The global e-commerce market is on the up, and predictions suggest that it will be worth nearly 3 trillion dollars by 2018. Whilst many brands have already jumped on the e-commerce bandwagon, there are still a certain number of brands yet to get started.
35% of luxury brands still do not sell online, whilst most ready-to-wear brands have been active on the e-commerce landscape for several years. However, despite initial reluctance, more and more luxury brands are developing their online presence to deal with the growing e-commerce trend. In order to offer the best possible service, brands are being as imaginative as ever, ensuring that their brand is not damaged by selling online.
“[Luxury brands] could increase sales [with e-commerce], but a brand’s goals aren’t always to increase sales. It may be to preserve the quality of the brand so that it stays in business for another 100 years.” Sucharita Mulpuru-Kodali, vice president of Forrester, highlights the importance of maintaining brand image.
Luxury brands pride themselves on the personal, high-quality customer service that they provide in their brick-and-mortar stores, and assume it impossible to replicate this level of service online. However, selling online does not mean that the client has to suffer; rather, the brand has to ensure that the digital buying experience mirrors that of buying in store. Louis Vuitton was one of the luxury brand e-commerce pioneers, launching its e-commerce strategy back in 2011. Alongside each product, Louis Vuitton provides enhanced content, in the shape of videos, photos, guides and advice. Customers can also access the latest brand news on the website, and create a wish-list of products on their private online profile, called ‘My LV’. The brand aims to offer an optimal online buying experience, whilst maintaining the interactive factor customers experience in store. Five years after going online, it is estimated that e-commerce represents 3% of Louis Vuitton’s total turnover.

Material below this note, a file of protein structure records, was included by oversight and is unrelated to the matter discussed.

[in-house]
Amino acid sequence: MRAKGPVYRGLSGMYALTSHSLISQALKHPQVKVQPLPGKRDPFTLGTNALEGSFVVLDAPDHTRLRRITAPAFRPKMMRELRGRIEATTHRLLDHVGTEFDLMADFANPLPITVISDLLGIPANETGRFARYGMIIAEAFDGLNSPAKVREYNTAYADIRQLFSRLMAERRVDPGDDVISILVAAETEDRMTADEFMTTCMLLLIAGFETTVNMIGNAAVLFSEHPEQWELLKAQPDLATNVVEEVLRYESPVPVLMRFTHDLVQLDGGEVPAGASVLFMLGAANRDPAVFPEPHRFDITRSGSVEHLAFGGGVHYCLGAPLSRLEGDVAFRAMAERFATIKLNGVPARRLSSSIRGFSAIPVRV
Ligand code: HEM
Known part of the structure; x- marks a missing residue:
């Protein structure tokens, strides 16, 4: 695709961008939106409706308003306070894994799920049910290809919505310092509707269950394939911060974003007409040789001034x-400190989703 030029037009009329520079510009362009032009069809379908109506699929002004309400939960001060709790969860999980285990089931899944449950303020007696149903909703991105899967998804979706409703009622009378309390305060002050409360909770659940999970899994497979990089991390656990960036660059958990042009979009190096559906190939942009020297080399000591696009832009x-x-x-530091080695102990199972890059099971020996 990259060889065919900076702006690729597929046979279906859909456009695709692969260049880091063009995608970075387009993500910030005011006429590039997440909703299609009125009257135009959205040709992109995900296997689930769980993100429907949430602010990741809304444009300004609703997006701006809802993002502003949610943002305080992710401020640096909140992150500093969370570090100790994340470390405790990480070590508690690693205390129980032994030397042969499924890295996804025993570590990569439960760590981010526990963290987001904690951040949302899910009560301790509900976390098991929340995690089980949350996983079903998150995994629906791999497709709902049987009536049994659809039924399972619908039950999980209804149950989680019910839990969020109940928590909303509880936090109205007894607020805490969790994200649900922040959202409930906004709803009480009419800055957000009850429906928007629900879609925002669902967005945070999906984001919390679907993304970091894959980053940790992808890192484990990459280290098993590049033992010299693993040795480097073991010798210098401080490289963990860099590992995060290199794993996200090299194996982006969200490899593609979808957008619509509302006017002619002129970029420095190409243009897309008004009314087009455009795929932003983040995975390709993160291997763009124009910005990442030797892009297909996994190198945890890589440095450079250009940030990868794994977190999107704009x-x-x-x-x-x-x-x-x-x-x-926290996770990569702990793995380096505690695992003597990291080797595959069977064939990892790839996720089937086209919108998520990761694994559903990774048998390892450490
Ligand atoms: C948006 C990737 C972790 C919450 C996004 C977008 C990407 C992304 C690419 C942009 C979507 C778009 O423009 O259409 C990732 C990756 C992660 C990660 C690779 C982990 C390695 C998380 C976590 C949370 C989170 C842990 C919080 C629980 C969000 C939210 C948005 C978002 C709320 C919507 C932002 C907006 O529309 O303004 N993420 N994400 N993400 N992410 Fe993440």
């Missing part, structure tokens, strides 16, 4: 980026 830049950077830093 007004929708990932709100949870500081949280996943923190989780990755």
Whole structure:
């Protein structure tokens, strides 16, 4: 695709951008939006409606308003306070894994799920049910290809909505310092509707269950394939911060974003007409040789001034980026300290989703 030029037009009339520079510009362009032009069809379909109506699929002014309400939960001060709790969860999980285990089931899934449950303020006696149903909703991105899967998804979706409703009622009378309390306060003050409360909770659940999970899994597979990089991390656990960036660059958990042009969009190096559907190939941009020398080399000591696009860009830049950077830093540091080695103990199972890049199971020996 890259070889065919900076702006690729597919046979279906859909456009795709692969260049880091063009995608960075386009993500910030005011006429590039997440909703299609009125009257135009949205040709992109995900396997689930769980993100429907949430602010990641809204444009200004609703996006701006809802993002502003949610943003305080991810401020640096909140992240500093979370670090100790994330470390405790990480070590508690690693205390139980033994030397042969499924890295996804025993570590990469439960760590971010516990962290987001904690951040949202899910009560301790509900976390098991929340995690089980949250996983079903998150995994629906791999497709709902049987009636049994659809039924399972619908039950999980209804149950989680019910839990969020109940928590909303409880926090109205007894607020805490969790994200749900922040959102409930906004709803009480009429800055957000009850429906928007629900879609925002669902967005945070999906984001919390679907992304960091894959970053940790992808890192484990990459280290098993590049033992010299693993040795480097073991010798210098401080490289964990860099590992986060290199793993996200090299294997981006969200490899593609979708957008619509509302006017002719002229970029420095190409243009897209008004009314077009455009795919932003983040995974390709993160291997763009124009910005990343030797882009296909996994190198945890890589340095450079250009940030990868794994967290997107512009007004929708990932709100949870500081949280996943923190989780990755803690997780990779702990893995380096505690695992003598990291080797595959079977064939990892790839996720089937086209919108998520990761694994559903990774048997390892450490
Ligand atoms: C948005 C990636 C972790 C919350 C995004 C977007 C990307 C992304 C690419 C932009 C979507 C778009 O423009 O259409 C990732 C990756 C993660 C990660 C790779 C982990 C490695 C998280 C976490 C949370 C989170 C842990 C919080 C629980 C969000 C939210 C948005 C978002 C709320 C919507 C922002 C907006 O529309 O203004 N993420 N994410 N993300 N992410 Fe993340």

One obstacle e-commerce faces when it comes to emulating in-store service is delivery. Delivery options are still limited, so many brands prefer an omni-channel strategy to blur the boundaries between online and offline shopping.
Burberry allows you to buy your item online and then pick it up the next day in store. Therefore, you not only have a relatively seamless purchasing process in the comfort of your own home, but you can test your product in store, and also benefit from the label’s personal in-store customer service. That is not to say Burberry’s online customer service is not up to scratch; they provide customers with a live chat, so you can discuss your potential purchases with an expert.
For some luxury brands, an online presence is not enough. Some want to go further, and expand their brand internationally, developing new foreign client bases. As it stands, consumers from the UK represent a rather large chunk of the online luxury market at 7%. However, look abroad, and this figure is considerably higher; notably, 15% of online luxury sales come from China. What’s more, a recent study by McKinsey predicts luxury’s share of online shares to double from 6 to 12 percent by 2020, and by 2025 the online share of total luxury sales will be 18%. E-commerce allows luxury brands to sell their products in countries where it perhaps would not be economically viable to open stores.
Even if luxury fashion doesn’t have quite the online market share as other items today, it is clear that this will change in the future as more and more brand realise that they have to adopt an online strategy to target ‘Generation Y’. Nonetheless, this e-commerce approach will only serve to complement existing brick-and-mortar stores, rather than replace them, as the two have different benefits.
To find out more about the UK e-commerce market as a whole,